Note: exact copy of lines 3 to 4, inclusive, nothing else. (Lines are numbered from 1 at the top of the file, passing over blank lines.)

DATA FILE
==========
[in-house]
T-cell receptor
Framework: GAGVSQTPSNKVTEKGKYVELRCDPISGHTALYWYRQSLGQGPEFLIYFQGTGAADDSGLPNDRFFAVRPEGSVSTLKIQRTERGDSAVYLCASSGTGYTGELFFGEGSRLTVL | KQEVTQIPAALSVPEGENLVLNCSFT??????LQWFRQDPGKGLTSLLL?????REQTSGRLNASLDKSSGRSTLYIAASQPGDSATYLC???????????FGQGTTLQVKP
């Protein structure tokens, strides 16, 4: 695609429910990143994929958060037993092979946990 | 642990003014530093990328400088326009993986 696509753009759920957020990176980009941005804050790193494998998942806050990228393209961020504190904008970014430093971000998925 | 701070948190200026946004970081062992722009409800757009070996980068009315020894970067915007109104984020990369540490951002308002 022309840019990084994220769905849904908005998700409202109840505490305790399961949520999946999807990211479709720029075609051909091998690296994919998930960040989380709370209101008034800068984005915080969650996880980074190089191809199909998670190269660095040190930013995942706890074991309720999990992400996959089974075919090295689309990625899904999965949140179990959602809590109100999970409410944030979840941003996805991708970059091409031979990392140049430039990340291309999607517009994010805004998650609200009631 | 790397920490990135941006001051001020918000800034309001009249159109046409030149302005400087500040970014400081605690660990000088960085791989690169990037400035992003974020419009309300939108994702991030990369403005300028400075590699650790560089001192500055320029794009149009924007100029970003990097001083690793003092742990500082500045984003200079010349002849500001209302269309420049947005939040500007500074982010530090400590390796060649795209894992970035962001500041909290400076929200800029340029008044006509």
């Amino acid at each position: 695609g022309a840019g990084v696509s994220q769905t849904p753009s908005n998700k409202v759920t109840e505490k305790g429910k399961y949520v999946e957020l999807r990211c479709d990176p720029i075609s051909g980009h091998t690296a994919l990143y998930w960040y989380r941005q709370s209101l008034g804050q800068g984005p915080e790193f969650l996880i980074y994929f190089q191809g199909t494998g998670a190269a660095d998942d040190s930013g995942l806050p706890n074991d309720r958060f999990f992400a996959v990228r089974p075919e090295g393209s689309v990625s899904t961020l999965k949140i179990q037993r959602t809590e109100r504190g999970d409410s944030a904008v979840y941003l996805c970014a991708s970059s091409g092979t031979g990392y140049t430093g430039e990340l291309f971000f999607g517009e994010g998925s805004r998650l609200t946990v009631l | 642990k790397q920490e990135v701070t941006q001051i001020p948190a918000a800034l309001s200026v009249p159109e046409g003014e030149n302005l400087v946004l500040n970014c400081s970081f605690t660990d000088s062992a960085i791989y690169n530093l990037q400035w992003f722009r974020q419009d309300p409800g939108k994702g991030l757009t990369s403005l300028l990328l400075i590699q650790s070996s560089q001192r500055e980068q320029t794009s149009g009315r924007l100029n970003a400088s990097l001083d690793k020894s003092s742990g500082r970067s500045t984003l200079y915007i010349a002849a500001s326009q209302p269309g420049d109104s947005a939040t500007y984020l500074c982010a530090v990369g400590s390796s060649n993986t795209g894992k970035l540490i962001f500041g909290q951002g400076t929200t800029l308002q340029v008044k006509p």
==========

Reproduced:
Framework: GAGVSQTPSNKVTEKGKYVELRCDPISGHTALYWYRQSLGQGPEFLIYFQGTGAADDSGLPNDRFFAVRPEGSVSTLKIQRTERGDSAVYLCASSGTGYTGELFFGEGSRLTVL | KQEVTQIPAALSVPEGENLVLNCSFT??????LQWFRQDPGKGLTSLLL?????REQTSGRLNASLDKSSGRSTLYIAASQPGDSATYLC???????????FGQGTTLQVKP
């Protein structure tokens, strides 16, 4: 695609429910990143994929958060037993092979946990 | 642990003014530093990328400088326009993986 696509753009759920957020990176980009941005804050790193494998998942806050990228393209961020504190904008970014430093971000998925 | 701070948190200026946004970081062992722009409800757009070996980068009315020894970067915007109104984020990369540490951002308002 022309840019990084994220769905849904908005998700409202109840505490305790399961949520999946999807990211479709720029075609051909091998690296994919998930960040989380709370209101008034800068984005915080969650996880980074190089191809199909998670190269660095040190930013995942706890074991309720999990992400996959089974075919090295689309990625899904999965949140179990959602809590109100999970409410944030979840941003996805991708970059091409031979990392140049430039990340291309999607517009994010805004998650609200009631 | 790397920490990135941006001051001020918000800034309001009249159109046409030149302005400087500040970014400081605690660990000088960085791989690169990037400035992003974020419009309300939108994702991030990369403005300028400075590699650790560089001192500055320029794009149009924007100029970003990097001083690793003092742990500082500045984003200079010349002849500001209302269309420049947005939040500007500074982010530090400590390796060649795209894992970035962001500041909290400076929200800029340029008044006509």